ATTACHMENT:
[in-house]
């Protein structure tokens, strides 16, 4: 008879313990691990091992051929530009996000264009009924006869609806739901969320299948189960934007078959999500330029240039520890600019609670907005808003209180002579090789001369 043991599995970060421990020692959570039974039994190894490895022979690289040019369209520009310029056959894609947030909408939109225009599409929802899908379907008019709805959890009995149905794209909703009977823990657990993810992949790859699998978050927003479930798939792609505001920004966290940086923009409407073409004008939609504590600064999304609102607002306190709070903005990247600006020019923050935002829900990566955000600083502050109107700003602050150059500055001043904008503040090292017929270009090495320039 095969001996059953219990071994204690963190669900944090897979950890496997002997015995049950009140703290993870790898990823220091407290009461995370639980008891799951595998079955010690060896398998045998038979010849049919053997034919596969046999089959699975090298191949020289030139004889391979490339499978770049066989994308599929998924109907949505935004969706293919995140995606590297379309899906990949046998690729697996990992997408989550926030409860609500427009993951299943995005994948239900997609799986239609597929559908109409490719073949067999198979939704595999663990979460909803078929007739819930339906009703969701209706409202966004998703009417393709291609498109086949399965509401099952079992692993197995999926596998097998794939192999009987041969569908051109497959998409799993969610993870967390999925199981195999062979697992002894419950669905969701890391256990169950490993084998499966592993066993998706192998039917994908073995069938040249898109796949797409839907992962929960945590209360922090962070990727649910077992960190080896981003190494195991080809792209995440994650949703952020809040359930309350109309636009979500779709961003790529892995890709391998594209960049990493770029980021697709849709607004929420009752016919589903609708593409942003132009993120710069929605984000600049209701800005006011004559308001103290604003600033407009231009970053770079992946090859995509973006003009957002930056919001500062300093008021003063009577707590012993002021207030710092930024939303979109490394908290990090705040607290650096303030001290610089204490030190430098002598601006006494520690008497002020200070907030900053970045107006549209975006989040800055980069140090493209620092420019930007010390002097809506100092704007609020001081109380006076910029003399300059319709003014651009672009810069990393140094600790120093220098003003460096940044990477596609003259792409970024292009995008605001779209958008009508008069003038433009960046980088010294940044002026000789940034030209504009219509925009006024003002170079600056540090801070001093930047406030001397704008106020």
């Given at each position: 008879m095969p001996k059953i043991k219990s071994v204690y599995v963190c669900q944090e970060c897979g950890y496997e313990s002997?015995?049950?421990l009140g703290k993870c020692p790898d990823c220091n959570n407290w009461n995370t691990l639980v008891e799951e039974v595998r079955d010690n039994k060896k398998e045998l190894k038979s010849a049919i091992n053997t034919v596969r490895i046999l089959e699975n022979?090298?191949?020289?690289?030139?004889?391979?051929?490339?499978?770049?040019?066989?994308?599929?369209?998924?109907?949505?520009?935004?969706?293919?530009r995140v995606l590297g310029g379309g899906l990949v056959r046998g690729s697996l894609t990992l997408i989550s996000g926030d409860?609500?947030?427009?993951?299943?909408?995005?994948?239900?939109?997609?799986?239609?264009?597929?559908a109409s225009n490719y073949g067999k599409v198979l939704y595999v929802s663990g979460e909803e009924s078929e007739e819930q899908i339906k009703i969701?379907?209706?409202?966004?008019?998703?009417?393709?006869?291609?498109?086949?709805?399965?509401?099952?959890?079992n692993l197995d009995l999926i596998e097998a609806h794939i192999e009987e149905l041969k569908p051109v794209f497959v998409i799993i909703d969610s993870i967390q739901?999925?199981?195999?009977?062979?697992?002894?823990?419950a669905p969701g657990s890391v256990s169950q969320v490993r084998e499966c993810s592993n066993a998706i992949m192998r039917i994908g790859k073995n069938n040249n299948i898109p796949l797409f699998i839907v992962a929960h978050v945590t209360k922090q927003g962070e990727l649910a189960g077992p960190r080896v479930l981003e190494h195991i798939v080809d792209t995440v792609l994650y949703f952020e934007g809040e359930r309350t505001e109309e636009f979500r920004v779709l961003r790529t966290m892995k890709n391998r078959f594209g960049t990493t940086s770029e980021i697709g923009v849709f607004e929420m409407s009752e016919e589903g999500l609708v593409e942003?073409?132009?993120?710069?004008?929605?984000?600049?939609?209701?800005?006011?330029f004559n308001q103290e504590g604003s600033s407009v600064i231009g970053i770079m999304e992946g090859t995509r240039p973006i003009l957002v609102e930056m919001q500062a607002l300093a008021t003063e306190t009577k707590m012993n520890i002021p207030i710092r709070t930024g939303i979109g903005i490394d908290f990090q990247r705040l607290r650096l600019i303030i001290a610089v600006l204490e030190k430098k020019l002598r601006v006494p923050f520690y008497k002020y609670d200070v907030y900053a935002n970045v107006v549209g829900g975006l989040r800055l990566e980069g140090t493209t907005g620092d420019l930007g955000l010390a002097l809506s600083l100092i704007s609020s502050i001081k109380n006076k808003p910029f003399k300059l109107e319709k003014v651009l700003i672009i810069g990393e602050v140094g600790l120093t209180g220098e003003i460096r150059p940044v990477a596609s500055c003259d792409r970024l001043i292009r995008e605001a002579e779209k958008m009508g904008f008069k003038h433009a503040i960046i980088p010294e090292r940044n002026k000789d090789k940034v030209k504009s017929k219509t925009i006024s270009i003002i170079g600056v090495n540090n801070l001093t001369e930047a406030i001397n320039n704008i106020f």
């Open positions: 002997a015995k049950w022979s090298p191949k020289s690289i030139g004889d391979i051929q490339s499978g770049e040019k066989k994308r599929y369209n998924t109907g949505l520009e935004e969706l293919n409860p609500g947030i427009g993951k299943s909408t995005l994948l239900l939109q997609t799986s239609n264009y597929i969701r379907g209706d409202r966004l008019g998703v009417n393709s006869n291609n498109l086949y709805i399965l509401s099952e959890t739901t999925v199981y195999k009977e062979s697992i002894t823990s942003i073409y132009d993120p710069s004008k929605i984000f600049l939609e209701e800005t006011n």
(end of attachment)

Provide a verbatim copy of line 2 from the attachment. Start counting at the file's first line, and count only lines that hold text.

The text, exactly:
């Protein structure tokens, strides 16, 4: 008879313990691990091992051929530009996000264009009924006869609806739901969320299948189960934007078959999500330029240039520890600019609670907005808003209180002579090789001369 043991599995970060421990020692959570039974039994190894490895022979690289040019369209520009310029056959894609947030909408939109225009599409929802899908379907008019709805959890009995149905794209909703009977823990657990993810992949790859699998978050927003479930798939792609505001920004966290940086923009409407073409004008939609504590600064999304609102607002306190709070903005990247600006020019923050935002829900990566955000600083502050109107700003602050150059500055001043904008503040090292017929270009090495320039 095969001996059953219990071994204690963190669900944090897979950890496997002997015995049950009140703290993870790898990823220091407290009461995370639980008891799951595998079955010690060896398998045998038979010849049919053997034919596969046999089959699975090298191949020289030139004889391979490339499978770049066989994308599929998924109907949505935004969706293919995140995606590297379309899906990949046998690729697996990992997408989550926030409860609500427009993951299943995005994948239900997609799986239609597929559908109409490719073949067999198979939704595999663990979460909803078929007739819930339906009703969701209706409202966004998703009417393709291609498109086949399965509401099952079992692993197995999926596998097998794939192999009987041969569908051109497959998409799993969610993870967390999925199981195999062979697992002894419950669905969701890391256990169950490993084998499966592993066993998706192998039917994908073995069938040249898109796949797409839907992962929960945590209360922090962070990727649910077992960190080896981003190494195991080809792209995440994650949703952020809040359930309350109309636009979500779709961003790529892995890709391998594209960049990493770029980021697709849709607004929420009752016919589903609708593409942003132009993120710069929605984000600049209701800005006011004559308001103290604003600033407009231009970053770079992946090859995509973006003009957002930056919001500062300093008021003063009577707590012993002021207030710092930024939303979109490394908290990090705040607290650096303030001290610089204490030190430098002598601006006494520690008497002020200070907030900053970045107006549209975006989040800055980069140090493209620092420019930007010390002097809506100092704007609020001081109380006076910029003399300059319709003014651009672009810069990393140094600790120093220098003003460096940044990477596609003259792409970024292009995008605001779209958008009508008069003038433009960046980088010294940044002026000789940034030209504009219509925009006024003002170079600056540090801070001093930047406030001397704008106020």